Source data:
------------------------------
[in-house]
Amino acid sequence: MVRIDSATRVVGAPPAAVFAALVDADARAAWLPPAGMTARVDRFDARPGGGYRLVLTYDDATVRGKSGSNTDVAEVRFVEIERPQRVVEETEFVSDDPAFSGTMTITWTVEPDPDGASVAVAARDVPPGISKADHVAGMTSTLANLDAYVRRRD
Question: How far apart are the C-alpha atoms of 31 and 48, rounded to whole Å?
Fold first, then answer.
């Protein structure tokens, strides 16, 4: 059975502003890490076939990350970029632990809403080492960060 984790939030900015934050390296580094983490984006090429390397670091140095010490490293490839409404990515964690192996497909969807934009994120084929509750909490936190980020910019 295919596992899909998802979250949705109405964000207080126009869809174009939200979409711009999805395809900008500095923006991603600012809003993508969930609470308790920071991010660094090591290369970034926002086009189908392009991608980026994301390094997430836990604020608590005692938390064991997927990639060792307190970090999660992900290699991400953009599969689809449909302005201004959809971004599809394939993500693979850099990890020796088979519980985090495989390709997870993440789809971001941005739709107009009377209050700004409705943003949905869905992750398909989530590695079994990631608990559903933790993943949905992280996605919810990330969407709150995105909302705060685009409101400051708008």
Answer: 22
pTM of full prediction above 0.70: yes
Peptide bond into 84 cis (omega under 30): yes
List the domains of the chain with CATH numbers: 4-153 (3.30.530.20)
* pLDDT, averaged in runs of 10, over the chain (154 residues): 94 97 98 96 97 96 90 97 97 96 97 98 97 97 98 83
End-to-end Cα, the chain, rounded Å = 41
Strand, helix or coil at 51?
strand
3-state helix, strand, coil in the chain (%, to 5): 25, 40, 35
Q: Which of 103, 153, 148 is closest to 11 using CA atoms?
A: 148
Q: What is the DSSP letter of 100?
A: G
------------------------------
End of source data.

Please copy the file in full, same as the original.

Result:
[in-house]
Amino acid sequence: MVRIDSATRVVGAPPAAVFAALVDADARAAWLPPAGMTARVDRFDARPGGGYRLVLTYDDATVRGKSGSNTDVAEVRFVEIERPQRVVEETEFVSDDPAFSGTMTITWTVEPDPDGASVAVAARDVPPGISKADHVAGMTSTLANLDAYVRRRD
Question: How far apart are the C-alpha atoms of 31 and 48, rounded to whole Å?
Fold first, then answer.
């Protein structure tokens, strides 16, 4: 059975502003890490076939990350970029632990809403080492960060 984790939030900015934050390296580094983490984006090429390397670091140095010490490293490839409404990515964690192996497909969807934009994120084929509750909490936190980020910019 295919596992899909998802979250949705109405964000207080126009869809174009939200979409711009999805395809900008500095923006991603600012809003993508969930609470308790920071991010660094090591290369970034926002086009189908392009991608980026994301390094997430836990604020608590005692938390064991997927990639060792307190970090999660992900290699991400953009599969689809449909302005201004959809971004599809394939993500693979850099990890020796088979519980985090495989390709997870993440789809971001941005739709107009009377209050700004409705943003949905869905992750398909989530590695079994990631608990559903933790993943949905992280996605919810990330969407709150995105909302705060685009409101400051708008």
Answer: 22
pTM of full prediction above 0.70: yes
Peptide bond into 84 cis (omega under 30): yes
List the domains of the chain with CATH numbers: 4-153 (3.30.530.20)
* pLDDT, averaged in runs of 10, over the chain (154 residues): 94 97 98 96 97 96 90 97 97 96 97 98 97 97 98 83
End-to-end Cα, the chain, rounded Å = 41
Strand, helix or coil at 51?
strand
3-state helix, strand, coil in the chain (%, to 5): 25, 40, 35
Q: Which of 103, 153, 148 is closest to 11 using CA atoms?
A: 148
Q: What is the DSSP letter of 100?
A: G